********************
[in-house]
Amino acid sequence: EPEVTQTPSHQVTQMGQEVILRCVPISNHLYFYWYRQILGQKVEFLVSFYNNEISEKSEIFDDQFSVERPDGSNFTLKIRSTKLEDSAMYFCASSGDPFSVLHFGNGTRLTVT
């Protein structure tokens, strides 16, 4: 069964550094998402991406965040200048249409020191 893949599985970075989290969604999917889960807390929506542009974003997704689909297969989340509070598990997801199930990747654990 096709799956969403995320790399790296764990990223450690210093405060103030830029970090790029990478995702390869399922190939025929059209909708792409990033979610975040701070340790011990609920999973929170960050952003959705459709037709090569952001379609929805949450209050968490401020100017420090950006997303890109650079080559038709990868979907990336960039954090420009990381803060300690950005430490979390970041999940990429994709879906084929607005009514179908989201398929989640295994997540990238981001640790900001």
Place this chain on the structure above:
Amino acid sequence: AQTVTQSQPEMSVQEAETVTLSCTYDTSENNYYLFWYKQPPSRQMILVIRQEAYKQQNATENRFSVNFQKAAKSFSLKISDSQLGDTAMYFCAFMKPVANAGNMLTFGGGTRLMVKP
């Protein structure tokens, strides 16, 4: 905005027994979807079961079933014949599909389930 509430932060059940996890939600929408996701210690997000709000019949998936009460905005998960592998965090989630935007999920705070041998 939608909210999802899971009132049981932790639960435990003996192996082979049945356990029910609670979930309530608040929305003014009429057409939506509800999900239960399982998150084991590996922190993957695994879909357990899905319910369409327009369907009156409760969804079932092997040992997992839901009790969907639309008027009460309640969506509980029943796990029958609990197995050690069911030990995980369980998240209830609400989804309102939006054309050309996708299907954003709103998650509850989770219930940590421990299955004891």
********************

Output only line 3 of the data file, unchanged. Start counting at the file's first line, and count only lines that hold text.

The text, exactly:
């Protein structure tokens, strides 16, 4: 069964550094998402991406965040200048249409020191 893949599985970075989290969604999917889960807390929506542009974003997704689909297969989340509070598990997801199930990747654990 096709799956969403995320790399790296764990990223450690210093405060103030830029970090790029990478995702390869399922190939025929059209909708792409990033979610975040701070340790011990609920999973929170960050952003959705459709037709090569952001379609929805949450209050968490401020100017420090950006997303890109650079080559038709990868979907990336960039954090420009990381803060300690950005430490979390970041999940990429994709879906084929607005009514179908989201398929989640295994997540990238981001640790900001």